C++ command-line inputs


Reading input from the command line is a bit mysterious to beginners, and hard to extract from reference manuals. The declarations and commands will eventually make sense to you. But at first you may want to treat them as magic, and copy them with minor adjustments.

The main function takes two arguments. Well, actually it takes three, but only insane hackers know about the third one. The main function can be written as if it took two arguments. Or you can pretend it takes no inputs, if you don't intend to use them.

main ()     // version ignoring the inputs
  { ....

main(int argc,char *argv[])  // version including the inputs

The input argc is the number of items on the command line. C++ divides the command line into items by breaking it at whitespace (e.g. spaces). The items include the command name itself, so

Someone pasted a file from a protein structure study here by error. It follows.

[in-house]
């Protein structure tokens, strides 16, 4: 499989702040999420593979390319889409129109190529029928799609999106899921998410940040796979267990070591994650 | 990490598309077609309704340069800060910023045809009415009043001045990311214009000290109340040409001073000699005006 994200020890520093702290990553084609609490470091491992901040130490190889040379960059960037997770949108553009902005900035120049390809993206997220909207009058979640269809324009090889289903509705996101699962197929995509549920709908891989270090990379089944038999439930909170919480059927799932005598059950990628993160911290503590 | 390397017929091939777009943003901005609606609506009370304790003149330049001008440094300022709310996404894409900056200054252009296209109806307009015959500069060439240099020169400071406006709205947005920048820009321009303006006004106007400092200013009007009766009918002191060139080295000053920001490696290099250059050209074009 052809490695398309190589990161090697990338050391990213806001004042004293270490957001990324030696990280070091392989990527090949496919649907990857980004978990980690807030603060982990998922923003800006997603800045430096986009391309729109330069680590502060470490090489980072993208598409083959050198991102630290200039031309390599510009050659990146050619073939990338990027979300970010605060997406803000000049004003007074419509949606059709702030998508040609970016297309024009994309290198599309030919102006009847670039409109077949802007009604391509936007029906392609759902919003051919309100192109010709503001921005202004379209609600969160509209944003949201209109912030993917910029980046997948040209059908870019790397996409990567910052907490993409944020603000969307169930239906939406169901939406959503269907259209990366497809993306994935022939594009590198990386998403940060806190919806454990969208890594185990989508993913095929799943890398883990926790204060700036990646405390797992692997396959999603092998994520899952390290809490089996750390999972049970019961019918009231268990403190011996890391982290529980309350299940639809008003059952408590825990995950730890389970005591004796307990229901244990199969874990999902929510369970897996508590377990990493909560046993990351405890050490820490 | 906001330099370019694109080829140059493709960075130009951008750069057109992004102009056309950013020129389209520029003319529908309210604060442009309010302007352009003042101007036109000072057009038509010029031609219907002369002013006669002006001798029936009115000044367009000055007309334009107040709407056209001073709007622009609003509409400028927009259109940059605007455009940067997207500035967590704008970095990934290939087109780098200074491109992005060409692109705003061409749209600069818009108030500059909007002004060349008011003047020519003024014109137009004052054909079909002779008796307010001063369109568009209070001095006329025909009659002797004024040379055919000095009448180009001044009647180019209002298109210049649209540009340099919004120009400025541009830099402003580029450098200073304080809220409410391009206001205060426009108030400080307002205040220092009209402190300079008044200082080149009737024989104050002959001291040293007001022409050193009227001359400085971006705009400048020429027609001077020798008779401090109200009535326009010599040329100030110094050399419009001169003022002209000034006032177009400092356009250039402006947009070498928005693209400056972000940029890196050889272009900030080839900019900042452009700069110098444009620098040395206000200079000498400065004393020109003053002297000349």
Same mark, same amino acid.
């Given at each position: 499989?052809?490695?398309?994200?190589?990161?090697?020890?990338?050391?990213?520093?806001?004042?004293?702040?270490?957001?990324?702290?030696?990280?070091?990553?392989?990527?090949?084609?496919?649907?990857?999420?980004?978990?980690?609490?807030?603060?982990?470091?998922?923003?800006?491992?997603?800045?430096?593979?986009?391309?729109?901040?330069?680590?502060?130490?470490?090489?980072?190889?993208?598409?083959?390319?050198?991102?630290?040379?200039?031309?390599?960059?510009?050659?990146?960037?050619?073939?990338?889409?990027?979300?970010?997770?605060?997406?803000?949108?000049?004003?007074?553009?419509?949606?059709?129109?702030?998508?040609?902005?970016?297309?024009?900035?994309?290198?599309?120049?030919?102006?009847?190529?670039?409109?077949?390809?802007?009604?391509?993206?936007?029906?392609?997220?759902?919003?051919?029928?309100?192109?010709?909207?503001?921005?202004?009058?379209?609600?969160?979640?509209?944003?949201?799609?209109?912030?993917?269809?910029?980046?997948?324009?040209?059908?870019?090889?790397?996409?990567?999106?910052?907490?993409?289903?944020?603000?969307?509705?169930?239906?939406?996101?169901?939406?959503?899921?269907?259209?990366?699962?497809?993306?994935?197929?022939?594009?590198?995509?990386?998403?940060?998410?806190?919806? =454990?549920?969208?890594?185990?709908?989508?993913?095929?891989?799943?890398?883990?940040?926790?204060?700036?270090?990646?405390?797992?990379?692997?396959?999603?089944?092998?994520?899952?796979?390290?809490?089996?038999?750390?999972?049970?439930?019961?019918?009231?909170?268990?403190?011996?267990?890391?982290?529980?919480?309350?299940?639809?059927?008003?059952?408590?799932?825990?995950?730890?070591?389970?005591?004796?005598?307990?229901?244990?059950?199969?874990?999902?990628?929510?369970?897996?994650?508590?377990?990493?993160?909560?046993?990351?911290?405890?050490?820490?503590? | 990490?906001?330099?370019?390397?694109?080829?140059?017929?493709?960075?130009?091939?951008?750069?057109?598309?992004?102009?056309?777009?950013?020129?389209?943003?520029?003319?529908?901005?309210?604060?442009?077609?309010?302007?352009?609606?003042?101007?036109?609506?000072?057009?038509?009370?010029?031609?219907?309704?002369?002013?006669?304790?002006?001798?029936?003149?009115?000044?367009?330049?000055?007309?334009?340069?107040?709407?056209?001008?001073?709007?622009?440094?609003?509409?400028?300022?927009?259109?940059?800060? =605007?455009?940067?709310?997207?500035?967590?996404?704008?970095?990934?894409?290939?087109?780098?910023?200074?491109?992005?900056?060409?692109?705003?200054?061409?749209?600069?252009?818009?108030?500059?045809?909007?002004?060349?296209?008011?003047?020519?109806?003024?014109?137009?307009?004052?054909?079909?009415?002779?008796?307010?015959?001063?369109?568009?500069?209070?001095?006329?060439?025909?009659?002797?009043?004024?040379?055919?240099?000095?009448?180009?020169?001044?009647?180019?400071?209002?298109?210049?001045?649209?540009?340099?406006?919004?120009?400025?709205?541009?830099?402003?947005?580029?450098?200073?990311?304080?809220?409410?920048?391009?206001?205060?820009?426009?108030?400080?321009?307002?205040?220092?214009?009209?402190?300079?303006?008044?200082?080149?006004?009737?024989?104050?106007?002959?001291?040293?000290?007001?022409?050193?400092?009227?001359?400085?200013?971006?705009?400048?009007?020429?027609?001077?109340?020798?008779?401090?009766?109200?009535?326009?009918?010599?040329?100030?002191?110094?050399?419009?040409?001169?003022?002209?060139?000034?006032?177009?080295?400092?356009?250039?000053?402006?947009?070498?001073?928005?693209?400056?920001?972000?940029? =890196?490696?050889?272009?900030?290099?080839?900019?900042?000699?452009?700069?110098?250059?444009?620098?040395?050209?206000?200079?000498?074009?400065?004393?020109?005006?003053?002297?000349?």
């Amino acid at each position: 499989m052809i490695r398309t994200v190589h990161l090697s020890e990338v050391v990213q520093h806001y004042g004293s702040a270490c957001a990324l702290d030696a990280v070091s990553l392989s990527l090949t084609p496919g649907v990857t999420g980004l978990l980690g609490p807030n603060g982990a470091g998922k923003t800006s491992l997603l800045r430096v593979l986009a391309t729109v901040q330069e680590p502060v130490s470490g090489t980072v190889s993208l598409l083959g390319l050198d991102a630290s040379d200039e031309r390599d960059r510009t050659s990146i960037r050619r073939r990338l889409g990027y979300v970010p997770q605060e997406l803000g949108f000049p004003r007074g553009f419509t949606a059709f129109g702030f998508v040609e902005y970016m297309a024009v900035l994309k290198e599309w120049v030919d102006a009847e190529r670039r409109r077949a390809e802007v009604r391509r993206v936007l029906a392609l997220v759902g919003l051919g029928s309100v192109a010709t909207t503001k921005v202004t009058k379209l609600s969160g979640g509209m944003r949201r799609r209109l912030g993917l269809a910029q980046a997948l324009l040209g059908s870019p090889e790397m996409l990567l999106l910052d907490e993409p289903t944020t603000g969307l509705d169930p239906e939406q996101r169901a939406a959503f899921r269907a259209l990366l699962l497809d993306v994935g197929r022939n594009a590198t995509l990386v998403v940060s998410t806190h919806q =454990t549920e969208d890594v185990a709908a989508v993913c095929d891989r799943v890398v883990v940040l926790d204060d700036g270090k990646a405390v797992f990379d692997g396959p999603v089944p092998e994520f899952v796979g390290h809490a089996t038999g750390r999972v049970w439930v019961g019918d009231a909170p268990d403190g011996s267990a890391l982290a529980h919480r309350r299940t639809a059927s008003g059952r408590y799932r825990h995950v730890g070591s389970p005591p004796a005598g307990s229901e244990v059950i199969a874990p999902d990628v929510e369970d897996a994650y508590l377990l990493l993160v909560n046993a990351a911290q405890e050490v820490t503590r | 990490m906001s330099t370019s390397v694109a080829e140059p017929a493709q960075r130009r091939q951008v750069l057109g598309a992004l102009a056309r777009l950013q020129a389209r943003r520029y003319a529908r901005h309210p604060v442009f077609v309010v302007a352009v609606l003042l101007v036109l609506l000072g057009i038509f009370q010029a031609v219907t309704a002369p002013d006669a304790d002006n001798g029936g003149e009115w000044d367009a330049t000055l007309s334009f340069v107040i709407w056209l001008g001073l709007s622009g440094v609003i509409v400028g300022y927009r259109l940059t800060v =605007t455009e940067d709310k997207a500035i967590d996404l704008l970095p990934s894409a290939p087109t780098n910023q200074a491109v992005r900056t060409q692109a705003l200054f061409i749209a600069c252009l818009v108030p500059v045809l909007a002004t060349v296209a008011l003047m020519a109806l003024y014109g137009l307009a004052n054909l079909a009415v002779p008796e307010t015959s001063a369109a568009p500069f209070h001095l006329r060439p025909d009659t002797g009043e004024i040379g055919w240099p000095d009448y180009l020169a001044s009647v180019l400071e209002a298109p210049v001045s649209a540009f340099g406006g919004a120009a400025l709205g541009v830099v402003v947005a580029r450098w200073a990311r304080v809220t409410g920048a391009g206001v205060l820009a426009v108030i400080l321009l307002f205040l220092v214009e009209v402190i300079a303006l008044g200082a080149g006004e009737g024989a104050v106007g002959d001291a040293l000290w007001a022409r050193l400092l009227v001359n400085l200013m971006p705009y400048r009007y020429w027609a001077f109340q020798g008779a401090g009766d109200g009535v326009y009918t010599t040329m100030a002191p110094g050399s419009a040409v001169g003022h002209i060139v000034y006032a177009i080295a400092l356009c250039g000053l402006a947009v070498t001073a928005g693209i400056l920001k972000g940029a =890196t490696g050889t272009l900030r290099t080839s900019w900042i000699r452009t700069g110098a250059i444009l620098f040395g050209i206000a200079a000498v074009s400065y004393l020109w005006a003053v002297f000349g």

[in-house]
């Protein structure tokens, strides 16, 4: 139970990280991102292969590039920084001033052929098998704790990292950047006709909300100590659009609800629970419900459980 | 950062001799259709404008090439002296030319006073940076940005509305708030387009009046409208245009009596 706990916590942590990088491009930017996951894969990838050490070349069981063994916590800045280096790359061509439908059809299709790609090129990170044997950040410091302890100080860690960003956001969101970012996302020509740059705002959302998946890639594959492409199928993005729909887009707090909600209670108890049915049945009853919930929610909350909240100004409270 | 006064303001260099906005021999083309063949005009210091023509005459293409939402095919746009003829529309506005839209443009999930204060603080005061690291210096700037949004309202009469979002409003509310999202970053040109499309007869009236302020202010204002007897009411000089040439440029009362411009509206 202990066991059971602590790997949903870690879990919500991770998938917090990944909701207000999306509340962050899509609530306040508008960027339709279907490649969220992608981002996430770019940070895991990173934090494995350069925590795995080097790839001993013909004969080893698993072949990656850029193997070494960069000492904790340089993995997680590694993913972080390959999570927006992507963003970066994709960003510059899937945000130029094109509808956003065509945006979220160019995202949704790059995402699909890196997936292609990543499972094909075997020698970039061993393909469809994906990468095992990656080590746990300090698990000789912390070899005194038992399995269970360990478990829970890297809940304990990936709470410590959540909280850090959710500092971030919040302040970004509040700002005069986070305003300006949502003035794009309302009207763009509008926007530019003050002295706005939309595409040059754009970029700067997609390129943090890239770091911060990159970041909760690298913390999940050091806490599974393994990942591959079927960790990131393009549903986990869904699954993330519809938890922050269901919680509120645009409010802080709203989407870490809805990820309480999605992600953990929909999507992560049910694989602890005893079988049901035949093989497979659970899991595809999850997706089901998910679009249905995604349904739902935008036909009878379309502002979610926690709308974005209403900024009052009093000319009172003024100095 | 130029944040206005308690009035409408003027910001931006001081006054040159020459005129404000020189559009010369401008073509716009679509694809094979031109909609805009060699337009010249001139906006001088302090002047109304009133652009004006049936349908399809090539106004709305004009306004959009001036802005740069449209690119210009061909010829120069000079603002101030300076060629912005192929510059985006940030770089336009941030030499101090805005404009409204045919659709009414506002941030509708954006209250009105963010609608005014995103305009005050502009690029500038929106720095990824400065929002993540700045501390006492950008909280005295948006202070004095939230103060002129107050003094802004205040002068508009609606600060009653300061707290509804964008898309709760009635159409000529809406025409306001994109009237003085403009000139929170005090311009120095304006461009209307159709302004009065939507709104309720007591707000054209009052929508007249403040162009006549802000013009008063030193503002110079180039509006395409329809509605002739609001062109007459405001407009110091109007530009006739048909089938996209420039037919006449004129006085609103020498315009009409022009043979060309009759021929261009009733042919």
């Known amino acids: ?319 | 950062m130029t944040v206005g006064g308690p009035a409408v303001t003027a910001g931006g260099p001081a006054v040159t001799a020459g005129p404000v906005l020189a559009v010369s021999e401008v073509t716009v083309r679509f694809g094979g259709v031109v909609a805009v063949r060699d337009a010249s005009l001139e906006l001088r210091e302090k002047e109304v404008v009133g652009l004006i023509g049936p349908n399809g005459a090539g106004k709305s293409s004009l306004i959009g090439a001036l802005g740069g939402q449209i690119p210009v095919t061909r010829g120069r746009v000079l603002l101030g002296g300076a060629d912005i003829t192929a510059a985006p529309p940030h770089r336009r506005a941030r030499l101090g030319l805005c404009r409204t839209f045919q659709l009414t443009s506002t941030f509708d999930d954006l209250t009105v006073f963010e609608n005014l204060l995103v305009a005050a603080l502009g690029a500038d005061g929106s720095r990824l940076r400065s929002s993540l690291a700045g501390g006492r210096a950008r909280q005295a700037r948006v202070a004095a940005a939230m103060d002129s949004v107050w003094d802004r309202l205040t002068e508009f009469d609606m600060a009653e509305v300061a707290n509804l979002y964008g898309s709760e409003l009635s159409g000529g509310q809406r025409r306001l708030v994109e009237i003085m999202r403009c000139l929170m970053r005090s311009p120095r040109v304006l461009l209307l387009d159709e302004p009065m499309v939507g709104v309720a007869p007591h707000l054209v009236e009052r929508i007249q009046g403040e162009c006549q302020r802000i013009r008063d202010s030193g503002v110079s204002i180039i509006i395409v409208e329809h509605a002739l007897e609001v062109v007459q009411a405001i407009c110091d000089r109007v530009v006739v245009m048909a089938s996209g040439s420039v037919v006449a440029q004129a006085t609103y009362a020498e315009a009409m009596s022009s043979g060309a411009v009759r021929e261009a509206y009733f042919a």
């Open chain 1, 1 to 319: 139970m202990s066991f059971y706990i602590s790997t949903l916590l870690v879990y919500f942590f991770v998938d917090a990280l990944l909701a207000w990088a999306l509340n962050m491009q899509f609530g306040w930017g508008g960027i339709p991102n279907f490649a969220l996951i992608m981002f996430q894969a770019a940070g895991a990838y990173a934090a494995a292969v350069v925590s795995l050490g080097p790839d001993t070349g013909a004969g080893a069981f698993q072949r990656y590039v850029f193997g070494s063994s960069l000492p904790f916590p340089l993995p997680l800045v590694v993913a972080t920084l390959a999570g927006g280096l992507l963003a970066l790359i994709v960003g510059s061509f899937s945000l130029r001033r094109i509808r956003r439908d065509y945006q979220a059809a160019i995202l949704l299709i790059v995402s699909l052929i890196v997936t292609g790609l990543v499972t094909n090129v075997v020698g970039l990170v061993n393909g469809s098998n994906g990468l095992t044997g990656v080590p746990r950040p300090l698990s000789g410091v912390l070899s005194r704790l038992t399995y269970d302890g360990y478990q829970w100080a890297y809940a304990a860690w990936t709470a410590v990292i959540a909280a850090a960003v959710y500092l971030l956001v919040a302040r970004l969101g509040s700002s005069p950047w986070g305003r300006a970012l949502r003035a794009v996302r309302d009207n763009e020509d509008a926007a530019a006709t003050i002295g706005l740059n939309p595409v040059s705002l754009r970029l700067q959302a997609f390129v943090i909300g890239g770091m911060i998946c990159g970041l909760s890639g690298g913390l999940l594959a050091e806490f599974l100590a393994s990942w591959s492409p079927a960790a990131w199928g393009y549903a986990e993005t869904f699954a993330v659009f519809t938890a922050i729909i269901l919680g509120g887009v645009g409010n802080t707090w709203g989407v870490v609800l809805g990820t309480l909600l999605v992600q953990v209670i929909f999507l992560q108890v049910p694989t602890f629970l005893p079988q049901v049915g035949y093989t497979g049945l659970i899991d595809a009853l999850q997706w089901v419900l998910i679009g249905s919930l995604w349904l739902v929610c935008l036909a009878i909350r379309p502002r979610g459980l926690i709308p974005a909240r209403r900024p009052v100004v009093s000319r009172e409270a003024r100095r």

The input argv is an array of strings, one string per item. So argv[0] is the command name, argv[1] is the first input, etc.

Numbers on the command line appear in argv as strings, not as numbers. That is, they are still raw sequences of characters: digits, decimal points, etc. To translate them into numbers, use the functions atoi and atof.

atoi (char *str)
Returns the integer corresponding to the string.
atof (char *str)
Returns the floating point number corresponding to the string.

If you use atoi and atof, your program must include the stdlib header file:

#include <stdlib.h> 

You may find it helpful to copy the file simple.cc. This contains a short example program which reads an integer from the command line. You can see how this program works and then modify it to suit your purposes.

This page is maintained by Geoff Kuenning.